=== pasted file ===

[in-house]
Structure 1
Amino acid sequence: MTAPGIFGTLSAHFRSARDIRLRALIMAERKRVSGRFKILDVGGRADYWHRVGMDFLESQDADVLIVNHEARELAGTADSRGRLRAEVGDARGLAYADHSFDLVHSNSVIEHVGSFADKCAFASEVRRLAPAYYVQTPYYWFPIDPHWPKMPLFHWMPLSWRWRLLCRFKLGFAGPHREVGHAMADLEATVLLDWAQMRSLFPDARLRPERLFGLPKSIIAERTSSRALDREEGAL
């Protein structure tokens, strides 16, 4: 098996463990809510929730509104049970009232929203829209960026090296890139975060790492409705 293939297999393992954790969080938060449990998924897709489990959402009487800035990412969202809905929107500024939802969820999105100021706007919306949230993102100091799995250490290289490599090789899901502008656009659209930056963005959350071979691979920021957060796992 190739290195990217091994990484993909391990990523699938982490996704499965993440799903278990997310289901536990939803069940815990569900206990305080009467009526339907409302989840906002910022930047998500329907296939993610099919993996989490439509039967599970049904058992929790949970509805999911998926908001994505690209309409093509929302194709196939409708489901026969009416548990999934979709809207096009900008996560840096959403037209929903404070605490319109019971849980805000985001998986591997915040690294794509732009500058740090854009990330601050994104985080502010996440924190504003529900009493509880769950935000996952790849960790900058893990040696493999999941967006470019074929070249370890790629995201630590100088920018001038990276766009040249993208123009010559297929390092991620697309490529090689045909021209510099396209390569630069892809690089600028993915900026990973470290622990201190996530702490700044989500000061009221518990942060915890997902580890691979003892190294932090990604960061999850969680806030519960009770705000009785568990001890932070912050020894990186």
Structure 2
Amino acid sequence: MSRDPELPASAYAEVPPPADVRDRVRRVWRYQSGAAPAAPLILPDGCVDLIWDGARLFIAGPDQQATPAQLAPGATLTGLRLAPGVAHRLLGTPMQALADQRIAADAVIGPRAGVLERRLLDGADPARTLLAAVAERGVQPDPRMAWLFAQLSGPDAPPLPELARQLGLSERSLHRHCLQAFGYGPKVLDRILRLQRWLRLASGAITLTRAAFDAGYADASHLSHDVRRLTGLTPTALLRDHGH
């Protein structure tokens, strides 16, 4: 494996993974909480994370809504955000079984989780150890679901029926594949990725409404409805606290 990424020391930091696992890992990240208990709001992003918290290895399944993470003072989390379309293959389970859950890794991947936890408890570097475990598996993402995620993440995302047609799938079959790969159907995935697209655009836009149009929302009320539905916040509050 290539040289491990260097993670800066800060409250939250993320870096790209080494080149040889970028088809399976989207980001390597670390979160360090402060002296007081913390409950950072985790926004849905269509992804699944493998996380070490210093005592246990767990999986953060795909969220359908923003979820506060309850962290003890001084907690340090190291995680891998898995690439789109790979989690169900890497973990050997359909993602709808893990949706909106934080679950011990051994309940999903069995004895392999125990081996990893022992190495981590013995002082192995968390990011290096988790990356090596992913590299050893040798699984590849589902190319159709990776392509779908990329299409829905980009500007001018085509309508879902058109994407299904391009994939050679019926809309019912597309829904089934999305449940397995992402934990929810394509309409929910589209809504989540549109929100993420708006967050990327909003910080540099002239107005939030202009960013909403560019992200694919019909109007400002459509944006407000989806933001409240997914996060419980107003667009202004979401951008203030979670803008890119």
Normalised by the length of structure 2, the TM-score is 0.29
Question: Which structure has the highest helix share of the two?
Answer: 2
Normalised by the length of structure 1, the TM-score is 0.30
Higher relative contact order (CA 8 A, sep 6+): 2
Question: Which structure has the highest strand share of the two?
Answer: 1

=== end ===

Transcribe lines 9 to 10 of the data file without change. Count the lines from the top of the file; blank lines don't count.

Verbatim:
Question: Which structure has the highest helix share of the two?
Answer: 2